U.S. Air Force F-16 Fighting Falcons from the 79th Fighter Squadron at Shaw Air Force Base, S.C., arrive at Bagram Airfield, Afghanistan, Oct. 26, 2019. (U.S. Air Force photo by Staff Sgt. Matthew Lotz)

After Afghanistan, Does the U.S. Need Bases In the Middle East At All?

September 21, 2021
1:00 pm - 2:00 pm
Zoom Webinar

President Joe Biden’s declaration that the withdrawal from Afghanistan puts an end to “an era of major military operations to remake other countries” adds further urgency to the question of what America’s military footprint in the Middle East should be. This is a central element in Secretary of Defense Lloyd Austin’s forthcoming global posture review.

But does the United States need to have any permanent military bases in the Middle East at all? Not according to former Pentagon advisor Eugene Gholz, who argues in a Quincy Institute Paper titled Nothing Much to Do: Why America Can Bring All Troops Home From the Middle East that the U.S.’s core interests in the region are safe, and as a result, the United States should begin significant withdrawals from the region and eventually close down all permanent bases there.

Join us for a debate between Eugene Gholz and Kirsten Fontenrose, former Senior Director for the Persian Gulf at the National Security Council, on the future U.S. military footprint in the Middle East. Trita Parsi, executive vice president of the Quincy Institute, will moderate.

The discussion will take place on Tuesday, September 21, from 1-2 pm ET.

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Panelists

Eugene Gholz
Eugene Gholz is an associate professor of political science at the University of Notre Dame, currently on leave as a visiting fellow at the Defense Priorities Foundation. He works primarily at the intersection of national security and economic policy, on subjects including innovation, defense management, and U.S. grand strategy. From 2010-2012, he served in the Pentagon as Senior Advisor to the Deputy Assistant Secretary of Defense for Manufacturing and Industrial Base Policy. He is the coauthor of two books: Buying Military Transformation: Technological Innovation and the Defense Industry, and U.S. Defense Politics: The Origins of Security Policy (4th edition, 2021). He previously held faculty positions at the University of Texas at Austin, Williams College, the University of Kentucky, and George Mason University. His Ph.D. is from MIT.
Kirsten Fontenrose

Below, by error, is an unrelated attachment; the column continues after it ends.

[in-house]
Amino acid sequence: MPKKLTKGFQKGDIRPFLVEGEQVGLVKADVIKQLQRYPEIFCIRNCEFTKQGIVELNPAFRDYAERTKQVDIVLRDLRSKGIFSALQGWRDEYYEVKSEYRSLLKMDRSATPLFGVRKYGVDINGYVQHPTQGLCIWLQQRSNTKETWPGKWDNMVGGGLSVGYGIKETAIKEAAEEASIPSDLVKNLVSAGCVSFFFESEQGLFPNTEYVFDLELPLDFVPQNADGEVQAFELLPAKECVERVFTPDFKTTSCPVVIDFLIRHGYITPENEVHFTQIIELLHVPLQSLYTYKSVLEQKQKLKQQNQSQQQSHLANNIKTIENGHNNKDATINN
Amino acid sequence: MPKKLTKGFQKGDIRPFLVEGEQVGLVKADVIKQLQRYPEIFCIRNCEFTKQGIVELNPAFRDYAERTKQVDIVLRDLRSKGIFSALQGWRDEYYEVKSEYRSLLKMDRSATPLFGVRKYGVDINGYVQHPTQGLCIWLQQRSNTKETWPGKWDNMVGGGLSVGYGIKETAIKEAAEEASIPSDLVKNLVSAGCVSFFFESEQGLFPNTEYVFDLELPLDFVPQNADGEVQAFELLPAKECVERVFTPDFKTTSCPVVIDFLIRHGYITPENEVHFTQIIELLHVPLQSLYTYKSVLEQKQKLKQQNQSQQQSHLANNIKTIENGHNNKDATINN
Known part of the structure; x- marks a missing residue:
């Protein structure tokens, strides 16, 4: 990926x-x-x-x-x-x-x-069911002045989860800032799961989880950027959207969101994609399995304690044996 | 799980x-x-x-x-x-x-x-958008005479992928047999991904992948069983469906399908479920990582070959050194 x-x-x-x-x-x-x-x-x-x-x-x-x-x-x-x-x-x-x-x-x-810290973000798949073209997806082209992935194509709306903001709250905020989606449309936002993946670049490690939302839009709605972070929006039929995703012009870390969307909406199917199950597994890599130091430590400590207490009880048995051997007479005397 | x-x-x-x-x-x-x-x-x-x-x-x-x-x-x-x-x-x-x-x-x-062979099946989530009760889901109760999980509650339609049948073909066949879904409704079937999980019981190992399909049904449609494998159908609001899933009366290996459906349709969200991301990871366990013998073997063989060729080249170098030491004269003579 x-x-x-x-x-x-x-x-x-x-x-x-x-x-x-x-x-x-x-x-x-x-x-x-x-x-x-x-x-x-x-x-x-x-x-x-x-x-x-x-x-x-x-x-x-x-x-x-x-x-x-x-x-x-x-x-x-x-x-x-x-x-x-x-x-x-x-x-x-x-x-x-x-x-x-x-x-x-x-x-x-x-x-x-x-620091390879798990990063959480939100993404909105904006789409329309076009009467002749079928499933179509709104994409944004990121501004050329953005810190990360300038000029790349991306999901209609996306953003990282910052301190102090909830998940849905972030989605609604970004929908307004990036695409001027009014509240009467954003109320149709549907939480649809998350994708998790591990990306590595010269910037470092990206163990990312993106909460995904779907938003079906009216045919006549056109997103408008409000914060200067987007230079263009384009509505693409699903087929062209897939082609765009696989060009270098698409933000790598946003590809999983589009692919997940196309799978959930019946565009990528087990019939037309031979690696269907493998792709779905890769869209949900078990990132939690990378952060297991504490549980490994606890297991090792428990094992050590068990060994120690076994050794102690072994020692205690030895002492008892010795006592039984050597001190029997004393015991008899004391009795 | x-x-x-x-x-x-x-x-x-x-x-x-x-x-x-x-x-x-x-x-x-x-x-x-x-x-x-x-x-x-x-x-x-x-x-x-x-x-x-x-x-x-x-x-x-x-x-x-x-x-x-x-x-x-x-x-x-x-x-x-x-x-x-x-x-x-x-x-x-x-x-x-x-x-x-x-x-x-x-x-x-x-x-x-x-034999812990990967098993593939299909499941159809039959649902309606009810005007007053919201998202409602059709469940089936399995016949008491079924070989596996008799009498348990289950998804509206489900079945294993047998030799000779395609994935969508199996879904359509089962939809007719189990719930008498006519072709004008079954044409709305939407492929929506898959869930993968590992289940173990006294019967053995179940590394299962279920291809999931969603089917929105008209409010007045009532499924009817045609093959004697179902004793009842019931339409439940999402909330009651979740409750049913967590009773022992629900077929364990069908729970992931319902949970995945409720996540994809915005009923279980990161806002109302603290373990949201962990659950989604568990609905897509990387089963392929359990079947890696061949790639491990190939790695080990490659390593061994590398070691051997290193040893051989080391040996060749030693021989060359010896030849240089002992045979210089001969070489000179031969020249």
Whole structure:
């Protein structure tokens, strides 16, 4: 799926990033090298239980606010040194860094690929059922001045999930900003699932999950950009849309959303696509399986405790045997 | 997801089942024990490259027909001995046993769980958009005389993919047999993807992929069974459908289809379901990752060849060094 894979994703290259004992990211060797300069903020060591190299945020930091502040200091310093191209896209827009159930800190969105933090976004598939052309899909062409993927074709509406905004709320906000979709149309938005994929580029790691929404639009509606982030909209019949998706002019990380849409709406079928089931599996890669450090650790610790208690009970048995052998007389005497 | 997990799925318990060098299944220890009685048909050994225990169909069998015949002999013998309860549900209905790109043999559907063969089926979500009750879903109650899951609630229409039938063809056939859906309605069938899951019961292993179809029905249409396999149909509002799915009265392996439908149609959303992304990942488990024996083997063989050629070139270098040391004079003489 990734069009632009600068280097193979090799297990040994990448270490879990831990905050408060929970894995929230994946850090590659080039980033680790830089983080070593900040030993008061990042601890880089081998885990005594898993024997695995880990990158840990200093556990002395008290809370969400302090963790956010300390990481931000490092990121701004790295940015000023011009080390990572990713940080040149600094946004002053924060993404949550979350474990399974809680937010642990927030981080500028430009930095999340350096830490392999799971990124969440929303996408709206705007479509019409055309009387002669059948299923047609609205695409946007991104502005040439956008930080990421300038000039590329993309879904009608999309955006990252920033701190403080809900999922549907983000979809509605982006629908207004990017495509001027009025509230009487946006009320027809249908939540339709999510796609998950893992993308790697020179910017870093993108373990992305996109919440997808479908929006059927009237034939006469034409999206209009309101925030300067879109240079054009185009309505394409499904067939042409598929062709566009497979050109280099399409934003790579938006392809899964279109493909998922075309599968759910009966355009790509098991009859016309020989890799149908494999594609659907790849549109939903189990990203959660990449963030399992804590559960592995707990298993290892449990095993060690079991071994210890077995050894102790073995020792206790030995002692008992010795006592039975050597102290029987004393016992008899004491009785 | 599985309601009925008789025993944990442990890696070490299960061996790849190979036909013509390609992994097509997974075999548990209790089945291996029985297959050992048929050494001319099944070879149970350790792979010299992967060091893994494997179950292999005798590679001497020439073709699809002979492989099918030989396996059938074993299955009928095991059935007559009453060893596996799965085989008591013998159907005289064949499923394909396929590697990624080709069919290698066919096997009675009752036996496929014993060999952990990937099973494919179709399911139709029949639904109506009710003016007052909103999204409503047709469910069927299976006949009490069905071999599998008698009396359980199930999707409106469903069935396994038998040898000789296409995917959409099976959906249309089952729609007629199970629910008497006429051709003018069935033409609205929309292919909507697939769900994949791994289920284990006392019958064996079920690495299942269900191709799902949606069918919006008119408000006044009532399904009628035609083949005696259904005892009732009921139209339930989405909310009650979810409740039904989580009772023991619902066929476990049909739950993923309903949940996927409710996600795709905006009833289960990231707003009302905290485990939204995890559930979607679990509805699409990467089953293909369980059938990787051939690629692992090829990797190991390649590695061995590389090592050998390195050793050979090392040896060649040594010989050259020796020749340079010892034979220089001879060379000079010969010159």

Kirsten Fontenrose is Director of the Scowcroft Middle East Security Initiative at the Atlantic Council. Her team engages technical experts and decisionmakers globally to develop bipartisan approaches to burning and long-term obstacles to regional security. Kirsten spent 2018 as Senior Director for the Gulf at the National Security Council, leading the development of U.S. policy toward nations of the GCC, Yemen, Egypt, and Jordan. Prior to this service at the White House, Kirsten spent a year in the private sector consulting on specialized projects in the national security space. Her interagency experience includes five years at the Dept of State leading the Middle East and Africa team in the interagency Global Engagement Center. Prior to this Kirsten worked with a field team studying foreign populations for US Department of Defense Theater Special Operations Commands. For seven years ending in 2006 Kirsten was responsible for building relationships with military officers and diplomats from the Middle East and South Asia for the Near East Center for Strategic Studies at the National Defense University.
Trita Parsi (Moderator)
Trita Parsi, PhD, is an award-winning author and the 2010 recipient of the Grawemeyer Award for Ideas Improving World Order. He is an expert on US-Iranian relations, Iranian foreign politics, and the geopolitics of the Middle East. He has authored three books on US foreign policy in the Middle East, with a particular focus on Iran and Israel. He is the co-founder and former President of the National Iranian American Council. He received his PhD in foreign policy at Johns Hopkins’ School for Advanced International Studies, a Master's Degree in International Relations from Uppsala University, and a Master's Degree in Economics from the Stockholm School of Economics.